Benjamin Spall

What is Extrinsic Motivation? Definition and Examples

Extrinsic motivation is a behavior driven by a desire to receive external rewards. These rewards can include money, fame, praise, and recognized educational achievement.

To be extrinsically motivated means that you become more motivated to do something when external rewards are placed in front of you.

Extrinsic motivation is a common motivational factor in all of our lives from a young age. From being given a small (often sweet) reward for finishing your homework on time, to telling yourself you’ll finally purchase that new pair of shoes or video game if you get the promotion at work that you’ve been working towards, extrinsic motivation is focused on gaining external rewards for a job well done.

In this article, I’m going to look into what is extrinsic motivation, look at the differences between intrinsic and extrinsic motivation, and look into extrinsic motivation examples in the workplace, in the classroom, and at home. Let’s dive in.

How Does Extrinsic Motivation Work?

For extrinsic motivational techniques to work (and for them to help you break bad habits), you must be consistent in providing a reward if the action is completed.

Returning to the example of giving a sweet reward to your child for completing their homework, this behavior will only persist so long as the reward is consistently forthcoming upon them holding on to their side of the bargain (completing their homework on time). The same is true for the extrinsic reward of being paid to go to work, or receiving a customer loyalty discount. As soon as these extrinsic rewards go away, it’s unlikely that you will stick around much longer, either.

For more extrinsic motivation examples, scroll down to the “Extrinsic Motivation Examples” section below.

Intrinsic vs. Extrinsic Motivation

The opposite of extrinsic motivation is intrinsic motivation. While they sound similar, intrinsic and extrinsic motivation work very differently from one another.

Unlike extrinsic motivation, which focuses on external rewards, intrinsic motivation comes from the inside. If you are an intrinsically motivated individual this means that you can (more often than not) become motivated to do something on the strength of your will alone.

While the forces of intrinsic motivation are different for all of us, common forms of this type of motivation include a desire to succeed and show yourself that you can do something, a will to grow (intellectually, spiritually, or otherwise) as a human being, and a desire to push yourself.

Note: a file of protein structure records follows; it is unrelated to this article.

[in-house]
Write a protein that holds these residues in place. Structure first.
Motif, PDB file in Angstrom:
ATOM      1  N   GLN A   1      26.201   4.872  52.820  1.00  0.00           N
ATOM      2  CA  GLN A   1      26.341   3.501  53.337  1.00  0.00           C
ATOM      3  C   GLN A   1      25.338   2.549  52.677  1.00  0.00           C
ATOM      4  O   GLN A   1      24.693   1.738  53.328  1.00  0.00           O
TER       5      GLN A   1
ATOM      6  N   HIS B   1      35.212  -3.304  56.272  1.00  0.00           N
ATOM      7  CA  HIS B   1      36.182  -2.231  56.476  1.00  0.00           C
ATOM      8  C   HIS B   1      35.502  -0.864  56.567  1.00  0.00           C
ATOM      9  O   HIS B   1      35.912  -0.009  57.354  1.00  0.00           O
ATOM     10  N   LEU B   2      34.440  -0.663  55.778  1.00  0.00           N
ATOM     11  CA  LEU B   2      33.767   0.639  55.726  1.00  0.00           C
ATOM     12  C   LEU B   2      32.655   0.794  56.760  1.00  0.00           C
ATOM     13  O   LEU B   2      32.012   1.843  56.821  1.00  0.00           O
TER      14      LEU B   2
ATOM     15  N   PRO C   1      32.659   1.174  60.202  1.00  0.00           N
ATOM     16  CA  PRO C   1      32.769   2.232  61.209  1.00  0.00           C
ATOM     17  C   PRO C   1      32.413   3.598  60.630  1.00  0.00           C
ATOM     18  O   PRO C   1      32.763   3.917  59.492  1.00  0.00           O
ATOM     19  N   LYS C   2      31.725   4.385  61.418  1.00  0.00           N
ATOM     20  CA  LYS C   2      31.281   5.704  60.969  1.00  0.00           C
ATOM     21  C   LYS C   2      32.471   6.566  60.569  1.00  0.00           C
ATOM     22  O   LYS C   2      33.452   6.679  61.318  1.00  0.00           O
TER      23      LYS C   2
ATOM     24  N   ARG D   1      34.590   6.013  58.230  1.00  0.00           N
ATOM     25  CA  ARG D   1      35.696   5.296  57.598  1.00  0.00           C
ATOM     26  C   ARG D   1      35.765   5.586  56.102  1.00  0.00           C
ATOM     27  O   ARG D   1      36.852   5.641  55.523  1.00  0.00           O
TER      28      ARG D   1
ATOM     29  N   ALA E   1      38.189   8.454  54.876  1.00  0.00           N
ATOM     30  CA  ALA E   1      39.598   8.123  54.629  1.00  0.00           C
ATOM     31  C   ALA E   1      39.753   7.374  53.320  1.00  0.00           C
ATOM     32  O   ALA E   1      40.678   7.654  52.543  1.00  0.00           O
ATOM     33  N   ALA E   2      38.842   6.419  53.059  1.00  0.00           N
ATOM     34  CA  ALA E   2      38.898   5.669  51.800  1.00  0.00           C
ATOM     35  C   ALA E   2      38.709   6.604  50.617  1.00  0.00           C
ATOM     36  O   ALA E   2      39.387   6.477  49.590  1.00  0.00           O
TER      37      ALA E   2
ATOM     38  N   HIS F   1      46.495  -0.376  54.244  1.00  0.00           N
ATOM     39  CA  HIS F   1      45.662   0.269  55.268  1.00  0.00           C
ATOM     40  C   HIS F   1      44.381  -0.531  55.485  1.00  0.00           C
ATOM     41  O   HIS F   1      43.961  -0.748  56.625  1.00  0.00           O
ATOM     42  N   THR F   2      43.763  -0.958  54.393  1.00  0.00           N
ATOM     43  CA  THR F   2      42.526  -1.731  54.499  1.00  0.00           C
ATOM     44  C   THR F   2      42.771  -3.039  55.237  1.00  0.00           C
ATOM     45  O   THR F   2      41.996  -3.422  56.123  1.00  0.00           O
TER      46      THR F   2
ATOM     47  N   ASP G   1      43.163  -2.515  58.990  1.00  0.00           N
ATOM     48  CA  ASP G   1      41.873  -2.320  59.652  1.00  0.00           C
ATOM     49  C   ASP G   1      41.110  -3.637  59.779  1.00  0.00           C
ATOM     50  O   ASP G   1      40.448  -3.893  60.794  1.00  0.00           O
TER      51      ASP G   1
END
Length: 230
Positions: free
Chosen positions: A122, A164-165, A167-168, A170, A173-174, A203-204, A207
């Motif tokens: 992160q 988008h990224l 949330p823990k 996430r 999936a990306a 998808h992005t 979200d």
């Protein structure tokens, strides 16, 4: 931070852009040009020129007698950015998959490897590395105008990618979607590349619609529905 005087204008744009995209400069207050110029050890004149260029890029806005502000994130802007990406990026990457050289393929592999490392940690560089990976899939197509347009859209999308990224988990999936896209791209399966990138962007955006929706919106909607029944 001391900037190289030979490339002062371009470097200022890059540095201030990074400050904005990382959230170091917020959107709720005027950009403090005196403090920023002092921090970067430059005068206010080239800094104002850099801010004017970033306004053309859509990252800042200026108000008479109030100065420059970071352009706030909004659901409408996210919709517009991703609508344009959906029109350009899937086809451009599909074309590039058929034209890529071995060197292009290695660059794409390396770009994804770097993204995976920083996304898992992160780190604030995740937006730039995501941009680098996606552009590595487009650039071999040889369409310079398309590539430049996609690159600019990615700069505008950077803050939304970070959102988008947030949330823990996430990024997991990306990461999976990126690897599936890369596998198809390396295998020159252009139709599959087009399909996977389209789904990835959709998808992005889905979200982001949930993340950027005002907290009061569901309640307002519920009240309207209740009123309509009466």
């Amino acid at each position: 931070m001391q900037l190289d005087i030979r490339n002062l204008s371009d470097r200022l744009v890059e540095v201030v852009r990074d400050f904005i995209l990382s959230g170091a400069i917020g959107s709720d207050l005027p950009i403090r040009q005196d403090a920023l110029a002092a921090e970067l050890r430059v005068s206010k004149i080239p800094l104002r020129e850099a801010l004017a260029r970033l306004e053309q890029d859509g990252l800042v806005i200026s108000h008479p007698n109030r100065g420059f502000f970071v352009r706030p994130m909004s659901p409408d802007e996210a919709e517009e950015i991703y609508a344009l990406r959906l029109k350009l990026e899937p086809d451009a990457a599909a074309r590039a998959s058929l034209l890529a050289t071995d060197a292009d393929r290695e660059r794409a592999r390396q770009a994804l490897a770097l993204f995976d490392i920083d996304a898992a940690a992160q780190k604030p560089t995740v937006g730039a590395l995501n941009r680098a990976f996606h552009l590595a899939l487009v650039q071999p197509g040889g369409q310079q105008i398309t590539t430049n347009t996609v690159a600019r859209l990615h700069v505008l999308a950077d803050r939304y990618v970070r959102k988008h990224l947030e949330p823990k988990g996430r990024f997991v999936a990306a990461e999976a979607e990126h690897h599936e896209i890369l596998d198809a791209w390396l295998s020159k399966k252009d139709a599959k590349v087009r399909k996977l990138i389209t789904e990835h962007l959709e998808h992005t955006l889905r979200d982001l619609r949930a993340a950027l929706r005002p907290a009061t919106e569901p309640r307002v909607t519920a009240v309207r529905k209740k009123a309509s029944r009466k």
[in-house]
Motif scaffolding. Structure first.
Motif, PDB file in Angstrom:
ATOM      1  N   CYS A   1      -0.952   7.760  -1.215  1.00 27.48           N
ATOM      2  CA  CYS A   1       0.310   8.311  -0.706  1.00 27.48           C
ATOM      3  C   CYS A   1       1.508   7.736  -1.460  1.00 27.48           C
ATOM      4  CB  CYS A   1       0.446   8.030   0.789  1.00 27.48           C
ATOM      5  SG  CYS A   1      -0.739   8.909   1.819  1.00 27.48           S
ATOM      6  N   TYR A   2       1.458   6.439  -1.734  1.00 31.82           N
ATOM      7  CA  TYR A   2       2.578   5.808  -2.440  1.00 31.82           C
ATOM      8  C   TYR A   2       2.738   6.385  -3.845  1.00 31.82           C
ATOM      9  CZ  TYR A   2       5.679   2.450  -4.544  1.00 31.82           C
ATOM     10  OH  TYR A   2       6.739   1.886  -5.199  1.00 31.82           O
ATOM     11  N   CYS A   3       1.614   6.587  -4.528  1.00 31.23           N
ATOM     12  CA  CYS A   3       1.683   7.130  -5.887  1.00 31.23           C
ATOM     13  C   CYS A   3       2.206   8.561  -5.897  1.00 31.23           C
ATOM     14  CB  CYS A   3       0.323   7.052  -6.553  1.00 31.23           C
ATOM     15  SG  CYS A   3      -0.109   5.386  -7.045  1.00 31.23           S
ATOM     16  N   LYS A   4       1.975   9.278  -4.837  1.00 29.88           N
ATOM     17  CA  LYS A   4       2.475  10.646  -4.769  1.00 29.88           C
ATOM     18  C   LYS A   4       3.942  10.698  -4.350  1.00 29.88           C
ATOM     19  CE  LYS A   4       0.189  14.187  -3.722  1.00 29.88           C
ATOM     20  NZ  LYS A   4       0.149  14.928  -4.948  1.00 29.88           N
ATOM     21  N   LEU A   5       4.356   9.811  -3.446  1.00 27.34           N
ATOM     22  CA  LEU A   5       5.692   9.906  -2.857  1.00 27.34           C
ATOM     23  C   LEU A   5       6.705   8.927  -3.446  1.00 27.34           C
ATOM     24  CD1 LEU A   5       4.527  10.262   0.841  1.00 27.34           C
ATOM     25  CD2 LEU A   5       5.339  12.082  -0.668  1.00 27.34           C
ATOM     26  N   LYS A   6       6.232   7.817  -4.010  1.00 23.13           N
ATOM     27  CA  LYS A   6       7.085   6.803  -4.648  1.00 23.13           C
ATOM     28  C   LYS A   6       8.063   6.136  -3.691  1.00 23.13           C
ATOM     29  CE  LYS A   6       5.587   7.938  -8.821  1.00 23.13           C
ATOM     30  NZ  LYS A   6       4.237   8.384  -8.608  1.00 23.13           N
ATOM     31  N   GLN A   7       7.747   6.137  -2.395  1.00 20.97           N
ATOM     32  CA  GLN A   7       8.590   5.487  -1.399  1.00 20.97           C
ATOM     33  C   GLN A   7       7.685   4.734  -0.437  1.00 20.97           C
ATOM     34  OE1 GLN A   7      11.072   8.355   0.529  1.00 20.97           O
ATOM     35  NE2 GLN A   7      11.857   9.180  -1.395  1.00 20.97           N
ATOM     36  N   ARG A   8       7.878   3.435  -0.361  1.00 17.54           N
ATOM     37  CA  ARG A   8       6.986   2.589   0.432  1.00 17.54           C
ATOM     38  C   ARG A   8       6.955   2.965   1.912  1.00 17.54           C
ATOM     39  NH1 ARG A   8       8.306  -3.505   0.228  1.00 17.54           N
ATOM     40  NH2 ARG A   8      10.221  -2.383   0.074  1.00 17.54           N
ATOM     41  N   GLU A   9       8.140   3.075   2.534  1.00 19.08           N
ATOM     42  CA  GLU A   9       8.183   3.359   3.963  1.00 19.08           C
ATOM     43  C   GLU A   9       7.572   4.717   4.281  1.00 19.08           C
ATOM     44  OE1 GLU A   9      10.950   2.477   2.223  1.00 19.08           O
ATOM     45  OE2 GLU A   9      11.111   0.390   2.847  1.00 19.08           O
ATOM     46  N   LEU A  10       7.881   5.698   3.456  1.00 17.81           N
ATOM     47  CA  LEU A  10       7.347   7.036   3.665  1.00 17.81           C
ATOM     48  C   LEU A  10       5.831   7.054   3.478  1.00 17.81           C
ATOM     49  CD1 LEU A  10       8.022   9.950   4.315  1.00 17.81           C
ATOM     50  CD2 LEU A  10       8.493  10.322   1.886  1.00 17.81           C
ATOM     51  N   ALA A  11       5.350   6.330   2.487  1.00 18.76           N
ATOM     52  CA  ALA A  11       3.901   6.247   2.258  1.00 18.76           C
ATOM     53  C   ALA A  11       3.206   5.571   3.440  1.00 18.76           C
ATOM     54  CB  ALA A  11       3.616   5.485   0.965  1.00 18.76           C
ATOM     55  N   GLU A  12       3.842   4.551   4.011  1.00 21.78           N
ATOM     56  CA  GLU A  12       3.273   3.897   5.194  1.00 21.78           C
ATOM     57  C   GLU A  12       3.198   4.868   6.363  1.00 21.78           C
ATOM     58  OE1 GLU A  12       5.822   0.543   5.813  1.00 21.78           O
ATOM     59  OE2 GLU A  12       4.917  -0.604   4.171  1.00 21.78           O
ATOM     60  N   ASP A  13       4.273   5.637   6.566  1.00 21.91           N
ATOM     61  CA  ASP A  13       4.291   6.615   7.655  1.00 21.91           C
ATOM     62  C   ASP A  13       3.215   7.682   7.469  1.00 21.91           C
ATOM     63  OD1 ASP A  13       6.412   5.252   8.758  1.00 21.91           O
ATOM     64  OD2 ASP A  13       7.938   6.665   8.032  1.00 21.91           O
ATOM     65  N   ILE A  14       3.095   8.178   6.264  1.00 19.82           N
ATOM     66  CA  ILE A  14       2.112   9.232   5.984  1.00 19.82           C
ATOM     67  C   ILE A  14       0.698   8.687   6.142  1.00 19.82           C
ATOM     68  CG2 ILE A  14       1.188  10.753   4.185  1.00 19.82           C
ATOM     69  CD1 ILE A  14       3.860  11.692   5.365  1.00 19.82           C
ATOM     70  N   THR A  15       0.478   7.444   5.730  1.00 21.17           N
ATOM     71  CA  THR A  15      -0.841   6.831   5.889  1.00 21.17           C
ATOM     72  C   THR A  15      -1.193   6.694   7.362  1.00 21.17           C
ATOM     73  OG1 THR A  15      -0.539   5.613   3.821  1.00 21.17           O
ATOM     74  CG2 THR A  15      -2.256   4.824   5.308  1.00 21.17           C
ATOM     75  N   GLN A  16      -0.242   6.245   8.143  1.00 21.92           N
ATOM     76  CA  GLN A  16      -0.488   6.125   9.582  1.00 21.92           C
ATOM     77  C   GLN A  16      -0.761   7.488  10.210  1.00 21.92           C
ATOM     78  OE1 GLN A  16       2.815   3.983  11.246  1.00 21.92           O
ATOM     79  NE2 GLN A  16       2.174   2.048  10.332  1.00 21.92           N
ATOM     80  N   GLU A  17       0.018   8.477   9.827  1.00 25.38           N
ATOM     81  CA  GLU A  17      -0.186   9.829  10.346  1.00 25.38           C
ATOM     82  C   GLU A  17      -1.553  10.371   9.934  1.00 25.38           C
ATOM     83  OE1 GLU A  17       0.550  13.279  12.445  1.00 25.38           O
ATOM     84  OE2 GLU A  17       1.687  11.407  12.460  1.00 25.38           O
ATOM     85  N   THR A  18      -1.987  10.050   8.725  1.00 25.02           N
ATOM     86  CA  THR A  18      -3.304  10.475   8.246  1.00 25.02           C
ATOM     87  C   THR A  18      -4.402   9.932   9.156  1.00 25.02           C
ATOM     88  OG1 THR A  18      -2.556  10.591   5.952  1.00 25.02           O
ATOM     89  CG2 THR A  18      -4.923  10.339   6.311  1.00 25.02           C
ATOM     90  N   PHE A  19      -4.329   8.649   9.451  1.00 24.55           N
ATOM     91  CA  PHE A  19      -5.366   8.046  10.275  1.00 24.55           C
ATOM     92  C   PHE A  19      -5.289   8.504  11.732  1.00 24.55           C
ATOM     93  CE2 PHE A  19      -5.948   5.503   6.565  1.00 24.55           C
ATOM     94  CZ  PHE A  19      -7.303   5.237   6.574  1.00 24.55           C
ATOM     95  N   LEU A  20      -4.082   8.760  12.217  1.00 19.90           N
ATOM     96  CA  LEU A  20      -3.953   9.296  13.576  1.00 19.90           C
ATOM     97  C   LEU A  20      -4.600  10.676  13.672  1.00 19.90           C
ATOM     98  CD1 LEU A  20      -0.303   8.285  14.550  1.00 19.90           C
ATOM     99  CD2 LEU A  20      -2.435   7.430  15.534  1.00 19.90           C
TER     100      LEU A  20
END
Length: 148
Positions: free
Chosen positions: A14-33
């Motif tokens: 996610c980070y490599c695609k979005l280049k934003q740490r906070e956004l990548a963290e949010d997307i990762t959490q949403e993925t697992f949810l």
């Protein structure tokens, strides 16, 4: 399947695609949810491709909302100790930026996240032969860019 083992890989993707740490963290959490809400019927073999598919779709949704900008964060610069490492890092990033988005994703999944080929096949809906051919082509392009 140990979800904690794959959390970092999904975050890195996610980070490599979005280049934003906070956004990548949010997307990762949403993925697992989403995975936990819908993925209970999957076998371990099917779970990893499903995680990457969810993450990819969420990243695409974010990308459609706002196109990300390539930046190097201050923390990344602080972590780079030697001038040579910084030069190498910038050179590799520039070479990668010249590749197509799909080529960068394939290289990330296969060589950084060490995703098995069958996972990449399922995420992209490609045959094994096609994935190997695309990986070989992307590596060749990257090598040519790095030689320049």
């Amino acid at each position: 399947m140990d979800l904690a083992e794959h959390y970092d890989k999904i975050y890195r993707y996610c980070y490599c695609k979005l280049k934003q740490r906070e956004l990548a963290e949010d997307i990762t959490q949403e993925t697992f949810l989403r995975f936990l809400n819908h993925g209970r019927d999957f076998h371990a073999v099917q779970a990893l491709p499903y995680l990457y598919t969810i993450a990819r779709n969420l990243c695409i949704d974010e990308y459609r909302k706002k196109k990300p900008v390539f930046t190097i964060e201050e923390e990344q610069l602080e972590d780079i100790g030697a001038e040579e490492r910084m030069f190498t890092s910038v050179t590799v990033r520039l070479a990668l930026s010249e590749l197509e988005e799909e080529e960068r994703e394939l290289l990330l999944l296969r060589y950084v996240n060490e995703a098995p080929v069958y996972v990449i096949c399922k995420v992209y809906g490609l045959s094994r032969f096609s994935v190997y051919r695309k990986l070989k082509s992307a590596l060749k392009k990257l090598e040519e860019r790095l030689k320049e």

The one thing that all forms of intrinsic vs. extrinsic motivation have in common is they do not involve external rewards. For this reason, it is believed that over the long term, intrinsic motivation incentivises behavior change to a greater degree than extrinsic motivation. While this may be true, it does not discount extrinsic motivational techniques as a way to create a desired behavior.

Beware the Overjustification Effect

As we have discussed, extrinsic motivation is a very real way to get ourselves or others to do something that we otherwise may not be intrinsically excited to do.

There is a potential pitfall to extrinsic motivation that you should be aware of. The overjustification effect occurs when extrinsically motivated individuals cannot be motivated to do a particular task without receiving an external reward because they have become reliant on receiving a reward for performing the task.

This is to say, consistency receiving an award for doing something decreases a person’s intrinsic motivation to perform that task.

This can happen in a variety of ways. If you turn your hobby, such as writing, drawing, or another creative outlet into a job, there’s a good chance that as soon as you start being paid for your efforts (an extrinsic reward), the work itself will start to become less intrinsically motivating. Similarly, if you consistently reward your children with money, gifts, or other promised treasures in exchange for them receiving good grades in high school and college, if they later take on extra schooling in adulthood, they may soon find that, sans your extrinsic rewards, they are less intrinsically motivated than they originally thought.

While you should keep the overjustification effect in mind when looking into different examples of intrinsic vs. extrinsic motivation, don’t let it put you off from giving the following external motivation examples their dues.

Extrinsic Motivation Examples

Examples of extrinsic rewards are all around us. From customer loyalty points to a standing ovation, and from sports trophies to an annual bonus, the following external motivation examples are some of the most common:

  • Getting paid to go to work (other extrinsic motivation examples in the workplace include annual bonuses, and vesting periods for retirement plans and company shares)
  • Praise and public acclaim (from making others proud, to having the world at your feet)
  • Prize money, trophies, and awards
  • Buy one, get one free sales
  • Customer loyalty points and discounts
  • Getting paid for getting good grades
  • Doing something so you don’t look bad

I hope the above definition of extrinsic motivation and examples of extrinsic rewards has helped to not only show you what extrinsic motivation is, but has convinced you that it is not a bad thing. Like anything, extrinsic rewards are a tool that can be deployed—whether for your own sake, or someone else’s—to help you work towards doing what you really want, or need, to do.

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Benjamin Spall is the co-author of My Morning Routine (Portfolio/Penguin). He has written for outlets including the New York Times, New York Observer, Quartz, Entrepreneur, Business Insider, CNBC, and more.

How to Reference this Article

Spall, B. (2021, February 18). What is Extrinsic Motivation? Definition and Examples. Retrieved from